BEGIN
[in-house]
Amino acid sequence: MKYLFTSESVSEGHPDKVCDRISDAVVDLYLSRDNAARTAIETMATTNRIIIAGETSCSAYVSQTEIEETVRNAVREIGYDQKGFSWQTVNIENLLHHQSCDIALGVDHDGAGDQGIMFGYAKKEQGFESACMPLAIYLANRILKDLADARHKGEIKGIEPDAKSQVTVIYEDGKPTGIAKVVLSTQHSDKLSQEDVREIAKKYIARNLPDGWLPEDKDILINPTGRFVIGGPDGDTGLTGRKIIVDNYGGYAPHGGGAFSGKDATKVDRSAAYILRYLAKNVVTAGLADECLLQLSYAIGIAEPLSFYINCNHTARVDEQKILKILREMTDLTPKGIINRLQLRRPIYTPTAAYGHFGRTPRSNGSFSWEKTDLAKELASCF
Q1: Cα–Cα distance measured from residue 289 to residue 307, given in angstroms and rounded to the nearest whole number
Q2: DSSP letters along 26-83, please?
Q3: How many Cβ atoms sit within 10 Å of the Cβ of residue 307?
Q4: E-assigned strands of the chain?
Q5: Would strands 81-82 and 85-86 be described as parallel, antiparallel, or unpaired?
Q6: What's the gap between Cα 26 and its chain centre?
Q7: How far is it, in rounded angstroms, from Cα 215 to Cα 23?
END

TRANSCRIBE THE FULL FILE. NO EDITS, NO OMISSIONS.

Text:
[in-house]
Amino acid sequence: MKYLFTSESVSEGHPDKVCDRISDAVVDLYLSRDNAARTAIETMATTNRIIIAGETSCSAYVSQTEIEETVRNAVREIGYDQKGFSWQTVNIENLLHHQSCDIALGVDHDGAGDQGIMFGYAKKEQGFESACMPLAIYLANRILKDLADARHKGEIKGIEPDAKSQVTVIYEDGKPTGIAKVVLSTQHSDKLSQEDVREIAKKYIARNLPDGWLPEDKDILINPTGRFVIGGPDGDTGLTGRKIIVDNYGGYAPHGGGAFSGKDATKVDRSAAYILRYLAKNVVTAGLADECLLQLSYAIGIAEPLSFYINCNHTARVDEQKILKILREMTDLTPKGIINRLQLRRPIYTPTAAYGHFGRTPRSNGSFSWEKTDLAKELASCF
Q1: Cα–Cα distance measured from residue 289 to residue 307, given in angstroms and rounded to the nearest whole number
Q2: DSSP letters along 26-83, please?
Q3: How many Cβ atoms sit within 10 Å of the Cβ of residue 307?
Q4: E-assigned strands of the chain?
Q5: Would strands 81-82 and 85-86 be described as parallel, antiparallel, or unpaired?
Q6: What's the gap between Cα 26 and its chain centre?
Q7: How far is it, in rounded angstroms, from Cα 215 to Cα 23?